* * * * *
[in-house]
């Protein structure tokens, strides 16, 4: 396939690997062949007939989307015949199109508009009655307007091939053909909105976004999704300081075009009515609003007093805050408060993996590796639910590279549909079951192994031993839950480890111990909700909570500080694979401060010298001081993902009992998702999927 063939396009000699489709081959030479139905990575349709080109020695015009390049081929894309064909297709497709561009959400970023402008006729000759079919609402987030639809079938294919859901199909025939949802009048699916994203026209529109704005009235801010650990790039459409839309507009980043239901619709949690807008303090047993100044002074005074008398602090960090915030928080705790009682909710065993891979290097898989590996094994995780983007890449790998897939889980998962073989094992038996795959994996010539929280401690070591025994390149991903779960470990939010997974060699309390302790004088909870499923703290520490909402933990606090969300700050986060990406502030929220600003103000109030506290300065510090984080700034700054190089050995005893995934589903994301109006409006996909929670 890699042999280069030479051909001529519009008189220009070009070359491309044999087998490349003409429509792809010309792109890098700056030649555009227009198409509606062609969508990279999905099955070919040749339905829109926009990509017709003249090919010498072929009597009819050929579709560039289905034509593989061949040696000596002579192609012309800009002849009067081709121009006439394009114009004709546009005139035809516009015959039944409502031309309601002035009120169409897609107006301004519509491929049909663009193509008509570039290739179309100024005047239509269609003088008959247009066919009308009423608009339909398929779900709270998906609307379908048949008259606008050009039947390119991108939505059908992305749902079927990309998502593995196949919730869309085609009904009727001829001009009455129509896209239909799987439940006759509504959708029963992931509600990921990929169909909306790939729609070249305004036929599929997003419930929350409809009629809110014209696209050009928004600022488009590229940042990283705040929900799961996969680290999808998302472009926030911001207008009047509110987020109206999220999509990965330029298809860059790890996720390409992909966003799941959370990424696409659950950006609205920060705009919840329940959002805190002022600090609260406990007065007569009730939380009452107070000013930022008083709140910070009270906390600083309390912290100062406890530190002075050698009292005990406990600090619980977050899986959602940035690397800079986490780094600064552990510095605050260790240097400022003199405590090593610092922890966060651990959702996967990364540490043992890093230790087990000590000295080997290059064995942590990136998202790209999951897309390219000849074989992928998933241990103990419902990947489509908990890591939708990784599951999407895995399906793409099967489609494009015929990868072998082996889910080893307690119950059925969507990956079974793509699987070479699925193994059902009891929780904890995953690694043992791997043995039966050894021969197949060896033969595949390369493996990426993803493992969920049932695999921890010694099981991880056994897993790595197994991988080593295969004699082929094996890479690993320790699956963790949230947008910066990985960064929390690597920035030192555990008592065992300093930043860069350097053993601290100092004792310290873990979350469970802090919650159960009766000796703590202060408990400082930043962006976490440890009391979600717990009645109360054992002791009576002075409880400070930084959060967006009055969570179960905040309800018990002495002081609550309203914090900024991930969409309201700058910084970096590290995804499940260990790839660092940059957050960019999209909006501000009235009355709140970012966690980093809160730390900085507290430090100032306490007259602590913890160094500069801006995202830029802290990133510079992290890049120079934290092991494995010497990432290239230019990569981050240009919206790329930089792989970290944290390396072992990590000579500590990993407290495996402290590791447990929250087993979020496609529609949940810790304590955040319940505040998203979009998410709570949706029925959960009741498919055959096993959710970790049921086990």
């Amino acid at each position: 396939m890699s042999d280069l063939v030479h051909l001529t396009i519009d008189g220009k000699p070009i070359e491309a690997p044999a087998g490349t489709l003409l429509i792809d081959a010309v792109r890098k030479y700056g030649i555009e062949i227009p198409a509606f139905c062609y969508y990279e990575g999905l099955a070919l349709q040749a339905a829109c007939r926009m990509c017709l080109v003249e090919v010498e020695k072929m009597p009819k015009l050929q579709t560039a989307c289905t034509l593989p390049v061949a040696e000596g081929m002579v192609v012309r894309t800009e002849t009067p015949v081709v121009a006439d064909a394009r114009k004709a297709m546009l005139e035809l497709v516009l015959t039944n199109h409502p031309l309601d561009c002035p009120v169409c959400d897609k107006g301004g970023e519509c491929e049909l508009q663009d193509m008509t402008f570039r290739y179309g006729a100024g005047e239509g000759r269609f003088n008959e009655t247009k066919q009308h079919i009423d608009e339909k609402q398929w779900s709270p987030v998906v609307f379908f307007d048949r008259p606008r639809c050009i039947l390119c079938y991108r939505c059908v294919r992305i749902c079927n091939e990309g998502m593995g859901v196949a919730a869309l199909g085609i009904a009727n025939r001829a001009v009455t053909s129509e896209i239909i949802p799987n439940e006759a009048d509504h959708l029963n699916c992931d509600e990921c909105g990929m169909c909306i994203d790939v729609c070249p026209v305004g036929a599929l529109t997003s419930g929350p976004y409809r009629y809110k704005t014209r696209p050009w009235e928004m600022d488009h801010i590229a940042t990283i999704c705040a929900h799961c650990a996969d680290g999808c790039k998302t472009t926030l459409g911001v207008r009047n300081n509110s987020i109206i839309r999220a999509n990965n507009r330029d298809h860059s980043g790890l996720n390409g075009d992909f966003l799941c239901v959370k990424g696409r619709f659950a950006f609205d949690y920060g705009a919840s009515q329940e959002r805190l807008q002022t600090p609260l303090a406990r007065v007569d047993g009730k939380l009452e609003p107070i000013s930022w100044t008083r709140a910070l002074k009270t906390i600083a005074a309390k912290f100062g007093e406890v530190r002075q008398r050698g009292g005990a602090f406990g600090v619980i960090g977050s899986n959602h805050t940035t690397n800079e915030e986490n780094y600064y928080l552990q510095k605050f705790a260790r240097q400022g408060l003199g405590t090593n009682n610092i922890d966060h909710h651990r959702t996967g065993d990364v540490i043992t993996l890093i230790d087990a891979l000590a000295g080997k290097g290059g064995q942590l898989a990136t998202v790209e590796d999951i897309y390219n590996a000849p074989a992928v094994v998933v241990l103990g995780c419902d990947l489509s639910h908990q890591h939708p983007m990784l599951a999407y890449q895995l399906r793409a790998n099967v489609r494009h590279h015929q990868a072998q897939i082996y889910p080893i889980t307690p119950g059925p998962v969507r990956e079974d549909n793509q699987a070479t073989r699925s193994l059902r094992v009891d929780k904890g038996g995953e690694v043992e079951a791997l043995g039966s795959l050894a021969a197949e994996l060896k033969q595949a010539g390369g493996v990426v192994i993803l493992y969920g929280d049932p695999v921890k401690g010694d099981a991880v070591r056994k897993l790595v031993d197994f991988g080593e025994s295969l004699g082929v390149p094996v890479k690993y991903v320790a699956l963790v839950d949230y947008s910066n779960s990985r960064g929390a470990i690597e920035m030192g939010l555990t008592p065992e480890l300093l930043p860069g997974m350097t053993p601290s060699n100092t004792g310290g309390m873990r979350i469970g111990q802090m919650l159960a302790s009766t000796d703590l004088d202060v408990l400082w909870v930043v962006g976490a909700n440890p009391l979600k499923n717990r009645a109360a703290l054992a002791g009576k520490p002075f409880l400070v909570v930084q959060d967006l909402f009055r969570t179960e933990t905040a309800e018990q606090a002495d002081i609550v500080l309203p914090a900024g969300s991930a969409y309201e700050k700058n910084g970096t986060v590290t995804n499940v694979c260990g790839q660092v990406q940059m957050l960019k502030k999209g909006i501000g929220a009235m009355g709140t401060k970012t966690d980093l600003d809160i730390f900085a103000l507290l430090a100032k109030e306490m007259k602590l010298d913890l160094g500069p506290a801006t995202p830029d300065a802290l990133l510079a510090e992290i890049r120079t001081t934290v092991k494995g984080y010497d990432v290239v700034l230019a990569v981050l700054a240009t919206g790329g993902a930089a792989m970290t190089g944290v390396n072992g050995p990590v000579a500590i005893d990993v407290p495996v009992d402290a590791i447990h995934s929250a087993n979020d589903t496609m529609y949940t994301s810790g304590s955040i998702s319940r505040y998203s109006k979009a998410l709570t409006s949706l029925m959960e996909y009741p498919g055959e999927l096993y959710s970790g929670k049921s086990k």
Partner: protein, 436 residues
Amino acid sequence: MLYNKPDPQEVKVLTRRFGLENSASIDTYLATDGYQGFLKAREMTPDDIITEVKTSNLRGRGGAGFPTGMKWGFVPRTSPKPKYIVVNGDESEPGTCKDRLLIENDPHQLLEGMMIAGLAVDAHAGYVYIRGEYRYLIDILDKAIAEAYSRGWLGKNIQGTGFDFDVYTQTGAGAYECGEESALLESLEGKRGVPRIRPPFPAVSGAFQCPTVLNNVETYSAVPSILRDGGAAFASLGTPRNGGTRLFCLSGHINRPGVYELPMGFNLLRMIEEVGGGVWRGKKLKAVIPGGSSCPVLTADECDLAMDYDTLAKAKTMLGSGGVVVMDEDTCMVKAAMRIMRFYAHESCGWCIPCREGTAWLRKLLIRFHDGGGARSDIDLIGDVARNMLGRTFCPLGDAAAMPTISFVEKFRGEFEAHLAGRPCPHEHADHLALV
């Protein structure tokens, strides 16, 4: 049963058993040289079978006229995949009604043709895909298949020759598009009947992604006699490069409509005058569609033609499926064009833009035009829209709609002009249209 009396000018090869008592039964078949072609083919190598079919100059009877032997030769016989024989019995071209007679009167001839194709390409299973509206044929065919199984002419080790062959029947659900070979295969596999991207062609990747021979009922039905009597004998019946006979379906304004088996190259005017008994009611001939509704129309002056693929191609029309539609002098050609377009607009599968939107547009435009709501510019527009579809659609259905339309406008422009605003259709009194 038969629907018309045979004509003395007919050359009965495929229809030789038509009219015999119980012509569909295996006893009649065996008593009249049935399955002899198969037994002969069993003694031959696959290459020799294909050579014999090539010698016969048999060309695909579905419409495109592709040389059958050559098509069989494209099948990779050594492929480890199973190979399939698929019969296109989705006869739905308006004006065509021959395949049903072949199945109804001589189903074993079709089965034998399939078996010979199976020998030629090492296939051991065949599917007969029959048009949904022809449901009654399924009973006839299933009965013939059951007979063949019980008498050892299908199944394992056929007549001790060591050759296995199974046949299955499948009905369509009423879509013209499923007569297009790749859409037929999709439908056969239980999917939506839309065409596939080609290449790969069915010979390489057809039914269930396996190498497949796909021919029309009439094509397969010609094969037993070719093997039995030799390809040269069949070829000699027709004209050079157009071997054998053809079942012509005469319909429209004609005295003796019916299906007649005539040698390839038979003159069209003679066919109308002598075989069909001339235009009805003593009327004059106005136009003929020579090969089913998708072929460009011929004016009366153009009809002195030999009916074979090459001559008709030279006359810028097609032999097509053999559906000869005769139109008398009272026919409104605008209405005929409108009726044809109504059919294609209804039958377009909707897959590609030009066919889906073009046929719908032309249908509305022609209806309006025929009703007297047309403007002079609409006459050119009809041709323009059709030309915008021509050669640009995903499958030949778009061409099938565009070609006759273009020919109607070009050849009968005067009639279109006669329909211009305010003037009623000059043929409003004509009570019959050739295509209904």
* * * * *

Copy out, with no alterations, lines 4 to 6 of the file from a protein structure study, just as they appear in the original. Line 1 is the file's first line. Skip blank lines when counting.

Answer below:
Partner: protein, 436 residues
Amino acid sequence: MLYNKPDPQEVKVLTRRFGLENSASIDTYLATDGYQGFLKAREMTPDDIITEVKTSNLRGRGGAGFPTGMKWGFVPRTSPKPKYIVVNGDESEPGTCKDRLLIENDPHQLLEGMMIAGLAVDAHAGYVYIRGEYRYLIDILDKAIAEAYSRGWLGKNIQGTGFDFDVYTQTGAGAYECGEESALLESLEGKRGVPRIRPPFPAVSGAFQCPTVLNNVETYSAVPSILRDGGAAFASLGTPRNGGTRLFCLSGHINRPGVYELPMGFNLLRMIEEVGGGVWRGKKLKAVIPGGSSCPVLTADECDLAMDYDTLAKAKTMLGSGGVVVMDEDTCMVKAAMRIMRFYAHESCGWCIPCREGTAWLRKLLIRFHDGGGARSDIDLIGDVARNMLGRTFCPLGDAAAMPTISFVEKFRGEFEAHLAGRPCPHEHADHLALV
């Protein structure tokens, strides 16, 4: 049963058993040289079978006229995949009604043709895909298949020759598009009947992604006699490069409509005058569609033609499926064009833009035009829209709609002009249209 009396000018090869008592039964078949072609083919190598079919100059009877032997030769016989024989019995071209007679009167001839194709390409299973509206044929065919199984002419080790062959029947659900070979295969596999991207062609990747021979009922039905009597004998019946006979379906304004088996190259005017008994009611001939509704129309002056693929191609029309539609002098050609377009607009599968939107547009435009709501510019527009579809659609259905339309406008422009605003259709009194 038969629907018309045979004509003395007919050359009965495929229809030789038509009219015999119980012509569909295996006893009649065996008593009249049935399955002899198969037994002969069993003694031959696959290459020799294909050579014999090539010698016969048999060309695909579905419409495109592709040389059958050559098509069989494209099948990779050594492929480890199973190979399939698929019969296109989705006869739905308006004006065509021959395949049903072949199945109804001589189903074993079709089965034998399939078996010979199976020998030629090492296939051991065949599917007969029959048009949904022809449901009654399924009973006839299933009965013939059951007979063949019980008498050892299908199944394992056929007549001790060591050759296995199974046949299955499948009905369509009423879509013209499923007569297009790749859409037929999709439908056969239980999917939506839309065409596939080609290449790969069915010979390489057809039914269930396996190498497949796909021919029309009439094509397969010609094969037993070719093997039995030799390809040269069949070829000699027709004209050079157009071997054998053809079942012509005469319909429209004609005295003796019916299906007649005539040698390839038979003159069209003679066919109308002598075989069909001339235009009805003593009327004059106005136009003929020579090969089913998708072929460009011929004016009366153009009809002195030999009916074979090459001559008709030279006359810028097609032999097509053999559906000869005769139109008398009272026919409104605008209405005929409108009726044809109504059919294609209804039958377009909707897959590609030009066919889906073009046929719908032309249908509305022609209806309006025929009703007297047309403007002079609409006459050119009809041709323009059709030309915008021509050669640009995903499958030949778009061409099938565009070609006759273009020919109607070009050849009968005067009639279109006669329909211009305010003037009623000059043929409003004509009570019959050739295509209904």